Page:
Limits on the Enforceability of Agreements to Arbitrate Injury Claims
By: Mark L. Moseley
Fifty years ago, pre-injury arbitration agreements were unenforceable in most states. Basically, this was because courts believed that the right to have claims resolved in court was a fundamental constitutional right that could not be waived before a claim arose. But in the 1970’s, that view began to change. The federal government and the states enacted laws making arbitration agreement provisions enforceable.
Obergefell and FMLA Benefits for Same-Sex Couples
By: Erin C.S. Izzo
Most recall Rowan County Clerk Kim Davis and her refusal to issue marriage licenses to same-sex couples in the face of the U.S. Supreme Court’s decision in Obergefell v. Hodges holding the right to marry is a fundamental right under the 14th Amendment Due Process and Equal Protection Clauses. 135 S.Ct. 2584 (Jun. 26, 2015). The legal ideology for same-sex marriage is just beginning to take shape, as States struggle between individual constitutional rights and federalism.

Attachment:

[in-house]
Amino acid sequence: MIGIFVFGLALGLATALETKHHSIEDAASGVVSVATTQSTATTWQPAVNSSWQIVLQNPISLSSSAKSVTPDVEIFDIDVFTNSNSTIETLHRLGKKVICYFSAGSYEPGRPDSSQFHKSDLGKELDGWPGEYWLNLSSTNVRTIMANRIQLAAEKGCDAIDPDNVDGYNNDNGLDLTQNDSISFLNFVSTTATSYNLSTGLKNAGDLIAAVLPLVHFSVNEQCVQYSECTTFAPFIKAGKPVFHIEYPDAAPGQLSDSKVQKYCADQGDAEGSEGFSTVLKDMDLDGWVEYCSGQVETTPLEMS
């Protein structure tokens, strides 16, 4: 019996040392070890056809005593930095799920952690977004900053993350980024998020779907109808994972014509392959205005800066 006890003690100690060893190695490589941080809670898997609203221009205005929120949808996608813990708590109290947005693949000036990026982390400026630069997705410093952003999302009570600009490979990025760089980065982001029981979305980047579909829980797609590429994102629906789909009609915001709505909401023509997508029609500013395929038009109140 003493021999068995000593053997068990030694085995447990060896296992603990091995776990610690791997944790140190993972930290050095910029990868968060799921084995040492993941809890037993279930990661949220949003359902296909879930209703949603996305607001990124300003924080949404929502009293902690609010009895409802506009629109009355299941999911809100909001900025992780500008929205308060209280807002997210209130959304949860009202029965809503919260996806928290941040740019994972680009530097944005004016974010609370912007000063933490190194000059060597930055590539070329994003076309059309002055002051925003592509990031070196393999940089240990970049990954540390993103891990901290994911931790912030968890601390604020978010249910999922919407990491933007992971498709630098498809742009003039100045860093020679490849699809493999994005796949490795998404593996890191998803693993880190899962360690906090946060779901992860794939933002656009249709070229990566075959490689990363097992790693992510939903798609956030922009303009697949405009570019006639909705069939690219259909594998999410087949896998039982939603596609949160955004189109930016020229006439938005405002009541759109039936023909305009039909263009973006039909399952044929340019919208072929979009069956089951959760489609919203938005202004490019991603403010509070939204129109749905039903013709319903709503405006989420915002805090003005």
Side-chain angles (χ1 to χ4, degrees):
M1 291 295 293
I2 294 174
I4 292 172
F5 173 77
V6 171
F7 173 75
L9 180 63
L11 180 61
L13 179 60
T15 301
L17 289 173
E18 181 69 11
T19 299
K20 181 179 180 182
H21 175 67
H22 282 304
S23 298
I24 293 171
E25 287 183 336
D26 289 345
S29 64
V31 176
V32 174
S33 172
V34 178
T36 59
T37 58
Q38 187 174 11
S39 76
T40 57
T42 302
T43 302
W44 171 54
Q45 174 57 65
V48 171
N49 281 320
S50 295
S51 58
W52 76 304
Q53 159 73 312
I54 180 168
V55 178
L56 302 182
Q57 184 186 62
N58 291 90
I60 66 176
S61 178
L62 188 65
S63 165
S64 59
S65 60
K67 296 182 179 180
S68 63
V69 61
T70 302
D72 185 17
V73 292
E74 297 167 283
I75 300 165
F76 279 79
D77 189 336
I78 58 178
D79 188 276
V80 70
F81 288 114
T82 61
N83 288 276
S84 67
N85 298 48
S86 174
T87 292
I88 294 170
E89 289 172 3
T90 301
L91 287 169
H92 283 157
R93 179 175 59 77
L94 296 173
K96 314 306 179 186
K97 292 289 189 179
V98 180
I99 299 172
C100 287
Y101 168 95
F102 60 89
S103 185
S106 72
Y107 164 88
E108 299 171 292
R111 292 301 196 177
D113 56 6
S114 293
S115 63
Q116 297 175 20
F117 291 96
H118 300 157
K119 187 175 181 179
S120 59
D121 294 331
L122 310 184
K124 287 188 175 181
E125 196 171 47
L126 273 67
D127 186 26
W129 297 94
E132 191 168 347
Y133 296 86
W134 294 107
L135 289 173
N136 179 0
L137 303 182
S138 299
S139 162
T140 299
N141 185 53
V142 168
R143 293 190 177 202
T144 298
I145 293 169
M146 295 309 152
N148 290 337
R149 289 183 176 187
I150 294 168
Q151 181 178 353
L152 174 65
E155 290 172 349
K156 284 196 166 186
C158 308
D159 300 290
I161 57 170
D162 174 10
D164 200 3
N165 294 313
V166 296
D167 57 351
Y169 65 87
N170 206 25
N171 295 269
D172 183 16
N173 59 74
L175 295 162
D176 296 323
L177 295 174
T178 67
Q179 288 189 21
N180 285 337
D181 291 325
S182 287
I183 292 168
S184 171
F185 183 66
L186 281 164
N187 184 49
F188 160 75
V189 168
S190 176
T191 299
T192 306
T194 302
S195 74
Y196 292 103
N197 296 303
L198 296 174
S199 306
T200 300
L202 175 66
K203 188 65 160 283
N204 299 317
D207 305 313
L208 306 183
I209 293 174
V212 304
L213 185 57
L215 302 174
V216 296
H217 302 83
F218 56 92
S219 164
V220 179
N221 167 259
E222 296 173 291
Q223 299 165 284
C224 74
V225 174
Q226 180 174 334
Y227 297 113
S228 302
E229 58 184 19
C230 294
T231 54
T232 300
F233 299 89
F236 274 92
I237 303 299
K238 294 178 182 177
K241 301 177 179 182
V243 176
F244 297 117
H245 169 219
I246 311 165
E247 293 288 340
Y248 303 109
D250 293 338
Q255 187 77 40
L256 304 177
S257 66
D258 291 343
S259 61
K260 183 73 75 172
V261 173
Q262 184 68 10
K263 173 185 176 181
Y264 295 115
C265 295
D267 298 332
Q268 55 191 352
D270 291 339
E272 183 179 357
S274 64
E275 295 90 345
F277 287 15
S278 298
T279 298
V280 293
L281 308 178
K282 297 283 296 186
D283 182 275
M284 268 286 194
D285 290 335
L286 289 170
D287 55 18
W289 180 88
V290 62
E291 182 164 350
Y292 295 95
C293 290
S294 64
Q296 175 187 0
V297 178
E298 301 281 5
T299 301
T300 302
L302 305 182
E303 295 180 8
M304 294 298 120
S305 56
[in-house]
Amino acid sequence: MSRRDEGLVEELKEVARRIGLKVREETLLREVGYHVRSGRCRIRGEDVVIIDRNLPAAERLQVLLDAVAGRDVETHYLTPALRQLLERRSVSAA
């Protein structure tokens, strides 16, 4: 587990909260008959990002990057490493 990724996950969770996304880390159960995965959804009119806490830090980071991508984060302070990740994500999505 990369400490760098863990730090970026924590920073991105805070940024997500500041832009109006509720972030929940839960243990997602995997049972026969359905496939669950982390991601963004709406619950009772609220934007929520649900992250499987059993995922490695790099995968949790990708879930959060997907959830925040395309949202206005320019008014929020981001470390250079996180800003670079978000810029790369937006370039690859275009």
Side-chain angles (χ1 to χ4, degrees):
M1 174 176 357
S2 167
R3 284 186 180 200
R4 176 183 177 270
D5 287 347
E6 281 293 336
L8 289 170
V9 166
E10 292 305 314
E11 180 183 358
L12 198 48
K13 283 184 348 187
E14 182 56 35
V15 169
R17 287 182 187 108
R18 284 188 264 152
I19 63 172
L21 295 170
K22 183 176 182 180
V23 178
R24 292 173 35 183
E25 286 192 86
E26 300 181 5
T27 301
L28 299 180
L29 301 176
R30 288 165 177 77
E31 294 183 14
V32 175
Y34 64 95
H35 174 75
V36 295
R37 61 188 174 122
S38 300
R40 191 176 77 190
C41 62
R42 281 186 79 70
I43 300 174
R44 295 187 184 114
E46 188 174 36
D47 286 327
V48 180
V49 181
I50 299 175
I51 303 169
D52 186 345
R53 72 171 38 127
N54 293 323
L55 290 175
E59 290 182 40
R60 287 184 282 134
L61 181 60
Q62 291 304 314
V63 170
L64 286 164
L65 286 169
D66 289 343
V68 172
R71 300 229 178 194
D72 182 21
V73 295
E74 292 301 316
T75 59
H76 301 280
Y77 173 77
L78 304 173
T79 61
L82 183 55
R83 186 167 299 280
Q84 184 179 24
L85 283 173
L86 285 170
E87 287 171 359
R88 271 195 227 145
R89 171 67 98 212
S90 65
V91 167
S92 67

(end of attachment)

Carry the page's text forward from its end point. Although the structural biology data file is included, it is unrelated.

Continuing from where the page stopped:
Case Establishes New Standard for Determining UM Priority
By: Lacy J. Fiorella
In 2007, Sharon Bartley was a passenger in a tractor-trailer owned and operated by her son, Joey. The vehicle was involved in a collision with an uninsured motorist, whose negligence was determined to have caused the accident. Sharon Bartley suffered injuries as a result.
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